Prescribing of opioids (total oral morphine equivalence) by all CCGs

Why it matters: The Opioids Aware project seeks to improve prescribing of opioid analgesia. There is little evidence that opioids are helpful in long term pain, and the risk of harm increases significantly above 120mg morphine (or equivalent) per day, without much increase in benefit. This measure describes the total Oral Morphine Equivalence (OME) in ALL opioid prescribing (excluding prescribing for addiction) including low-dose opioids in drugs such as co-codamol and co-dydramol. This measure is experimental and should be used with caution, as OME conversions vary in different reference sources. A list of the dose conversions and references used can be found here.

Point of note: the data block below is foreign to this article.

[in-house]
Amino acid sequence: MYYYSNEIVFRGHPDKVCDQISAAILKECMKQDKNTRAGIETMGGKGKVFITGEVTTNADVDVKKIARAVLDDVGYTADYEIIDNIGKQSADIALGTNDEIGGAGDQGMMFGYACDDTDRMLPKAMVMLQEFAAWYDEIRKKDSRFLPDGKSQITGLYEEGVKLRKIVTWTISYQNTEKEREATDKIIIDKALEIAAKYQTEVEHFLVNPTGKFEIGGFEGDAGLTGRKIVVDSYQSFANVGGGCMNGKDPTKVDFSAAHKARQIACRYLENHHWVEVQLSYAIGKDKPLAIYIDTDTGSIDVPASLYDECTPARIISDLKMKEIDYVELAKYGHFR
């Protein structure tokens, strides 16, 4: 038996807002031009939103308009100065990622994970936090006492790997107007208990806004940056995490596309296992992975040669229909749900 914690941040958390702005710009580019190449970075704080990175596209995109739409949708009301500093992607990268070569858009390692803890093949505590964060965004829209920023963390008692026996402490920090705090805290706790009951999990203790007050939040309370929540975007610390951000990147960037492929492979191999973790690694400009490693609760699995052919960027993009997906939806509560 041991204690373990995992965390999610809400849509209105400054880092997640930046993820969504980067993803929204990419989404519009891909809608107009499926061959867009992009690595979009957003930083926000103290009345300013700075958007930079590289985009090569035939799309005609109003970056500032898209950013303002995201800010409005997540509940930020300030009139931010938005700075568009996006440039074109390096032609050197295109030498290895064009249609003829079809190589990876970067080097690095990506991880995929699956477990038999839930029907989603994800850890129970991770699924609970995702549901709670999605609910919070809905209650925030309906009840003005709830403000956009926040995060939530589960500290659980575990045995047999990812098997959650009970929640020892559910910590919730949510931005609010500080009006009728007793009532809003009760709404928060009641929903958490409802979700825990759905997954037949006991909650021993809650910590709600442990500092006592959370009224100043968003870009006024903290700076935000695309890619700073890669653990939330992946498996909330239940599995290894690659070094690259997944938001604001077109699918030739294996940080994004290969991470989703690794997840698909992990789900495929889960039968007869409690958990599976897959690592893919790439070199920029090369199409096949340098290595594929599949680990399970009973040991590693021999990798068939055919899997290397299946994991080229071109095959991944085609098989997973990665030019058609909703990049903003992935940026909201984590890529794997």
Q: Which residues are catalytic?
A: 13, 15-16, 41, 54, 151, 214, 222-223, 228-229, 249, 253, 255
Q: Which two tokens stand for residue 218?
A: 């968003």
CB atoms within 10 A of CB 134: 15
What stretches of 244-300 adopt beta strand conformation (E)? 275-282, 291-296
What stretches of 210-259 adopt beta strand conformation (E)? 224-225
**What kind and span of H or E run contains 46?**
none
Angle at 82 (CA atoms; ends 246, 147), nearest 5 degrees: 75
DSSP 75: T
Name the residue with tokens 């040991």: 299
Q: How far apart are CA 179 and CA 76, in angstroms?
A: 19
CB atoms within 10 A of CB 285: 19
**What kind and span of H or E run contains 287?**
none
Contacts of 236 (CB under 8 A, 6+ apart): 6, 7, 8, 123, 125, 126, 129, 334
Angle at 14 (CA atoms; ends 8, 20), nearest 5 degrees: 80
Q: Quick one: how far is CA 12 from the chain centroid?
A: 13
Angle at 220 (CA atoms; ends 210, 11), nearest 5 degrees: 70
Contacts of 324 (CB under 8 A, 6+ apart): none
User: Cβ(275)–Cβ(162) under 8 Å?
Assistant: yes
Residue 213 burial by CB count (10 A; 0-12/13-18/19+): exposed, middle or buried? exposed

We have written a paper about the increase in opioid prescribing in England since 1999, which can be found in The Lancet Psychiatry.

Description: Total opioid prescribing (as oral morphine equivalence) per 1000 patients


Tagged as: Standard, Opioids, Pain, Safety (or browse all measures)

CCGs are ordered by mean percentile over the past six months. Each chart shows the results for the individual CCG, plus deciles across all CCGs in the NHS in England.

View measure for NHS England combined →

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